The resources to support a subject like physics simply do not exist in America’s already sluggish education system. According to the U.S. Department of education, 40% of high schools do not even offer the subject. This lack of access is somewhat caused by the financial barrier even smaller electrical engineering projects can present. A basic setup including an Arduino to control a single LED comes out to about $45. This pushes an already daunting subject even further away from students’ grasp.
After a very long ideation session, we set out to make electrical engineering— a subject we all love so much—a little more accessible and affordable to students around the country. We decided to do this using the flashy ed-tech route, but still made sure to retain the tactile aspects that define EE.
What it does and how we built it
First, the user draws a circuit schematic they wish to analyze using custom tactile shapes we laser-cut to represent their circuit. For example, using a rectangle (battery) and a circle (LED), they can power a light! The user then takes a picture of their circuit using our Swift developed iOS app which is then sent to an Python / Flask backend to be decomposed into different circuit components, all connected by wires. Through OpenCV, the shapes in the circuit are identified and translated into their corresponding circuit components: voltage source, LED, resistor, or potentiometer. These circuit components are then analyzed to determine the circuit’s output (we determined output by whether or not the LED was turned on). The resulting pattern of electronic components was then sent back to the iOS app. Based on the locations of the components in the originally drawn circuit, an Augmented Reality experience is dynamically created using Apple’s ARKit. The AR visualization illustrates how a student’s idea of a circuit would function in real life, providing far more detail and avenues for creativity than a traditional circuit in a textbook or classroom lecture. In addition, students who have the privilege of working with physical hardware might shy away from experimenting for fear of burning out electronic components. With CirCreate, experimentation is a given - we expect that students will learn far more from visualizing mistakes when the stakes are zero.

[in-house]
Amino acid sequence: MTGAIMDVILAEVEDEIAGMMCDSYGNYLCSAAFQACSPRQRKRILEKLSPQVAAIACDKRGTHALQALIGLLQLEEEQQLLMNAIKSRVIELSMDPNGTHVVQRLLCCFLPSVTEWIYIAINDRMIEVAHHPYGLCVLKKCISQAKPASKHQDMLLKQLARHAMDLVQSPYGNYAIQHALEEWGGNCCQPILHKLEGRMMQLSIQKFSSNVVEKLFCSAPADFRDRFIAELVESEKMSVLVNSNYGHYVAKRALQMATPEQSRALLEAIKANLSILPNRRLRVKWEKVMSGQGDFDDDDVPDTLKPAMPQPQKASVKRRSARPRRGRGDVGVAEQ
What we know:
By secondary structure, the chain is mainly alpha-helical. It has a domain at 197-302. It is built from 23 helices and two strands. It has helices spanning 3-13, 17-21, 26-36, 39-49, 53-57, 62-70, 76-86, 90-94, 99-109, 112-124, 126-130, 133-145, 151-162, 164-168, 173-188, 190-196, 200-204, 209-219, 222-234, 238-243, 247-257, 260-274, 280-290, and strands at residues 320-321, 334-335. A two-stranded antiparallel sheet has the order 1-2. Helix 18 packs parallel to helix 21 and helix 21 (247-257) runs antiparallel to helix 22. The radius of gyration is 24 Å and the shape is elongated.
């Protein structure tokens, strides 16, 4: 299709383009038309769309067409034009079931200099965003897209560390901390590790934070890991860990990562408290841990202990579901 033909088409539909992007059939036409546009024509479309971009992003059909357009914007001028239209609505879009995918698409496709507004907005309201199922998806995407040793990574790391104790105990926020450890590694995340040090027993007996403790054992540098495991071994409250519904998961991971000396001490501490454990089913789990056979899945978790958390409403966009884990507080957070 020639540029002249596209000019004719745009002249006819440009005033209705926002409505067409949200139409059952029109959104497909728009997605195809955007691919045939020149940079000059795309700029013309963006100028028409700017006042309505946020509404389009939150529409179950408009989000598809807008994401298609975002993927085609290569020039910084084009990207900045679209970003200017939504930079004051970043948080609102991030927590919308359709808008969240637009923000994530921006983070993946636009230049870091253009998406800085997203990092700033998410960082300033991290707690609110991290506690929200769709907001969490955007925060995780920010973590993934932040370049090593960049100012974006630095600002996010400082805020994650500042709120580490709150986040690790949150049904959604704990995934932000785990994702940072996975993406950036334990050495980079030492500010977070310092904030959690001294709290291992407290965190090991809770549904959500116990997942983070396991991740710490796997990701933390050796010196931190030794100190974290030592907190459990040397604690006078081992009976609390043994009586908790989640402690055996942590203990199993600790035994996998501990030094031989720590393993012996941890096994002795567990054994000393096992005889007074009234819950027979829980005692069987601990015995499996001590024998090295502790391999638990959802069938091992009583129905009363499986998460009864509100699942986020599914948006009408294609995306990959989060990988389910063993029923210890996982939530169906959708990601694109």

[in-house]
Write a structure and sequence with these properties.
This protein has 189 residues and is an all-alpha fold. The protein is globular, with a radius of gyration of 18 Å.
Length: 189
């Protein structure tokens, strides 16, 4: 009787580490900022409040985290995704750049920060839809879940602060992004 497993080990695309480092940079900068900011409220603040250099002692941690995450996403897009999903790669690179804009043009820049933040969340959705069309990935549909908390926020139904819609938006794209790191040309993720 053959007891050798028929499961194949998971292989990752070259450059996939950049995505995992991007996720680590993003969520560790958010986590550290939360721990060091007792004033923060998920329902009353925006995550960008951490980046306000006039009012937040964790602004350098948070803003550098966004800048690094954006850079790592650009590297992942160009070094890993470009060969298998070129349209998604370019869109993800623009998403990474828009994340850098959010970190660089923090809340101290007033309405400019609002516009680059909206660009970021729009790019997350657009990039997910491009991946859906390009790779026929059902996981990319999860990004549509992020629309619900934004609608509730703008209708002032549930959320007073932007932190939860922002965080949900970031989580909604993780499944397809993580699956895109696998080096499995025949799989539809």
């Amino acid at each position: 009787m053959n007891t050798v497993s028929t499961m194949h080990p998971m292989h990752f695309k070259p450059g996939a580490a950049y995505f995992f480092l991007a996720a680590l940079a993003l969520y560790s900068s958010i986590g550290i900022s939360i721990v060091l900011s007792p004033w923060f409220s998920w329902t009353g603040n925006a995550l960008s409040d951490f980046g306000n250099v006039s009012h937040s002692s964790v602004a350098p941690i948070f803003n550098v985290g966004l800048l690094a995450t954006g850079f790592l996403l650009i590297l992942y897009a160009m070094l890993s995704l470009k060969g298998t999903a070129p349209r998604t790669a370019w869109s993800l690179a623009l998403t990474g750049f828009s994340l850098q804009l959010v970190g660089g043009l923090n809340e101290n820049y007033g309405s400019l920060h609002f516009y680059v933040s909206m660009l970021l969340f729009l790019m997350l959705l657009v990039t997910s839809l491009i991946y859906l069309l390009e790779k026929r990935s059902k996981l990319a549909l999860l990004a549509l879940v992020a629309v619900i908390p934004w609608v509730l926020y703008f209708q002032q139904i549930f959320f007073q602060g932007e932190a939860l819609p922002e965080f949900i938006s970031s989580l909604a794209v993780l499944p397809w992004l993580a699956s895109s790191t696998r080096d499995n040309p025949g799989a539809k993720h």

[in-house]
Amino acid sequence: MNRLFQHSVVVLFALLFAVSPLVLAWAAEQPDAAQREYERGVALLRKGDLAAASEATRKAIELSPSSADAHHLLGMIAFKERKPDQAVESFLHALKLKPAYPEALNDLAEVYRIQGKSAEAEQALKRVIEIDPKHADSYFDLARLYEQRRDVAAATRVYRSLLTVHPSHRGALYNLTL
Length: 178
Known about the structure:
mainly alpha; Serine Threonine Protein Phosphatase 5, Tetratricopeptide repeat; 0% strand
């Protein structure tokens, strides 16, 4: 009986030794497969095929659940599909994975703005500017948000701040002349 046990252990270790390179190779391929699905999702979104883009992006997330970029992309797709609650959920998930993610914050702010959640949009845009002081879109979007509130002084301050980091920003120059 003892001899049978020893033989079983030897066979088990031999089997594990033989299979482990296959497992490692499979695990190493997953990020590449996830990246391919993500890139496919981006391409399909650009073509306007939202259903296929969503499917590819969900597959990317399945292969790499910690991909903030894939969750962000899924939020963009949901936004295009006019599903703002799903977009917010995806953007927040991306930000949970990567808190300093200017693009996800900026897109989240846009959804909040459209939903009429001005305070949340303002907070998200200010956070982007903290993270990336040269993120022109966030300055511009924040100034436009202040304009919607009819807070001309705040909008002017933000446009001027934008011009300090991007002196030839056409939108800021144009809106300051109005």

Challenges we ran into and what we learned
Although learning so many new skills in a weekend was difficult, we wanted not only a technical challenge but also an ethical one. We deeply believe that our hack should in some way contribute to making the world a better tomorrow and wanted to preserve the integrity of education with its technological interpretation. Due to the depth we desired to provide an enriching experience for students and our novice technical level in these fields, we weren’t able to fully develop our project over the course of this hackathon, but we hope to continue learning and working in the future. A technical challenge we ran into was the lack of documentation in ARKit (RealityKit), Swift, and Reality Converter. It’s very cool to be at the cutting edge of all these brand new technologies but also creates a large barrier to entry without vast resources. Along those lines, the 3-D file formats necessary were also not available anywhere.
What we're proud of
Our idea for CirCreate stemmed from a deep passion for educational equity and our love (albeit nerdy) for circuitry. We additionally had never worked with Augmented Reality or iOS app development before and wanted to learn those two new skills this weekend. We combined this all to produce a deliverable which converted a 2-D hand-drawn circuit on a sheet of paper to a 3-D Augmented Reality experience with a fully functioning circuit resembling actual circuit components like Arduinos and resistors. We felt it was important to bridge the gap between very theoretical circuit pedagogy with the excitement of actually developing the little gadgets and gizmos. Through our varied experiences learning the subject, we also were aware of how unintuitive theoretical drawings can be and strove to craft a tactile and immersive learning experience.
What's next for CirCreate
We hope AR will be mindfully and impactfully used in the physics classroom and beyond in the future— tipping the scales in favor of greater educational accessibility and hence educational equity. The applications for our hack are endless— from providing useful debugging and rapid prototyping for seasoned circuiteers to a fun, comfortable entry into the field for eager learners.